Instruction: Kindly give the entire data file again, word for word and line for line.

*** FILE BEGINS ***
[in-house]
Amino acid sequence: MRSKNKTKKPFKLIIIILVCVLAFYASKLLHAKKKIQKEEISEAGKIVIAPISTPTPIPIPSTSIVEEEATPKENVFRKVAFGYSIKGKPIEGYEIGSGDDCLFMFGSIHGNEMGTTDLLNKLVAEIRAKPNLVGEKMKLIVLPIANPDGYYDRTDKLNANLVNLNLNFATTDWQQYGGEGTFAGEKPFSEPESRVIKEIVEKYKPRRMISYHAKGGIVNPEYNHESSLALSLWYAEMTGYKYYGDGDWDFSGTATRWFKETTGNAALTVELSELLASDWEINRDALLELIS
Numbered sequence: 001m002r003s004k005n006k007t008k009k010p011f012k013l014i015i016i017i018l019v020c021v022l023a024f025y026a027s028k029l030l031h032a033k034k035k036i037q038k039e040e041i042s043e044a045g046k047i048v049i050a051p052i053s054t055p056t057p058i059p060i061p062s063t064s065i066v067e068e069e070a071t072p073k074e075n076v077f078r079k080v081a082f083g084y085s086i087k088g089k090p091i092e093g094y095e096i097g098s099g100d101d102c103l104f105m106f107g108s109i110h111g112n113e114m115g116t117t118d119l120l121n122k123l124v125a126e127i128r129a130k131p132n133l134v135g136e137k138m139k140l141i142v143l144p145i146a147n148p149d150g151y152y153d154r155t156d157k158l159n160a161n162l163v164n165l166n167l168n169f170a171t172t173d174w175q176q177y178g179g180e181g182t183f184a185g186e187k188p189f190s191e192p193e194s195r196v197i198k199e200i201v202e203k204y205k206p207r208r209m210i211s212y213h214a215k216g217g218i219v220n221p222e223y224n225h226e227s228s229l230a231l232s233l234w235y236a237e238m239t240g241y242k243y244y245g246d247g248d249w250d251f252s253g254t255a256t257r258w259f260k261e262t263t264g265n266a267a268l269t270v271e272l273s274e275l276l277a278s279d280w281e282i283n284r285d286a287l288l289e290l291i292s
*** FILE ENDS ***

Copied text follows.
[in-house]
Amino acid sequence: MRSKNKTKKPFKLIIIILVCVLAFYASKLLHAKKKIQKEEISEAGKIVIAPISTPTPIPIPSTSIVEEEATPKENVFRKVAFGYSIKGKPIEGYEIGSGDDCLFMFGSIHGNEMGTTDLLNKLVAEIRAKPNLVGEKMKLIVLPIANPDGYYDRTDKLNANLVNLNLNFATTDWQQYGGEGTFAGEKPFSEPESRVIKEIVEKYKPRRMISYHAKGGIVNPEYNHESSLALSLWYAEMTGYKYYGDGDWDFSGTATRWFKETTGNAALTVELSELLASDWEINRDALLELIS
Numbered sequence: 001m002r003s004k005n006k007t008k009k010p011f012k013l014i015i016i017i018l019v020c021v022l023a024f025y026a027s028k029l030l031h032a033k034k035k036i037q038k039e040e041i042s043e044a045g046k047i048v049i050a051p052i053s054t055p056t057p058i059p060i061p062s063t064s065i066v067e068e069e070a071t072p073k074e075n076v077f078r079k080v081a082f083g084y085s086i087k088g089k090p091i092e093g094y095e096i097g098s099g100d101d102c103l104f105m106f107g108s109i110h111g112n113e114m115g116t117t118d119l120l121n122k123l124v125a126e127i128r129a130k131p132n133l134v135g136e137k138m139k140l141i142v143l144p145i146a147n148p149d150g151y152y153d154r155t156d157k158l159n160a161n162l163v164n165l166n167l168n169f170a171t172t173d174w175q176q177y178g179g180e181g182t183f184a185g186e187k188p189f190s191e192p193e194s195r196v197i198k199e200i201v202e203k204y205k206p207r208r209m210i211s212y213h214a215k216g217g218i219v220n221p222e223y224n225h226e227s228s229l230a231l232s233l234w235y236a237e238m239t240g241y242k243y244y245g246d247g248d249w250d251f252s253g254t255a256t257r258w259f260k261e262t263t264g265n266a267a268l269t270v271e272l273s274e275l276l277a278s279d280w281e282i283n284r285d286a287l288l289e290l291i292s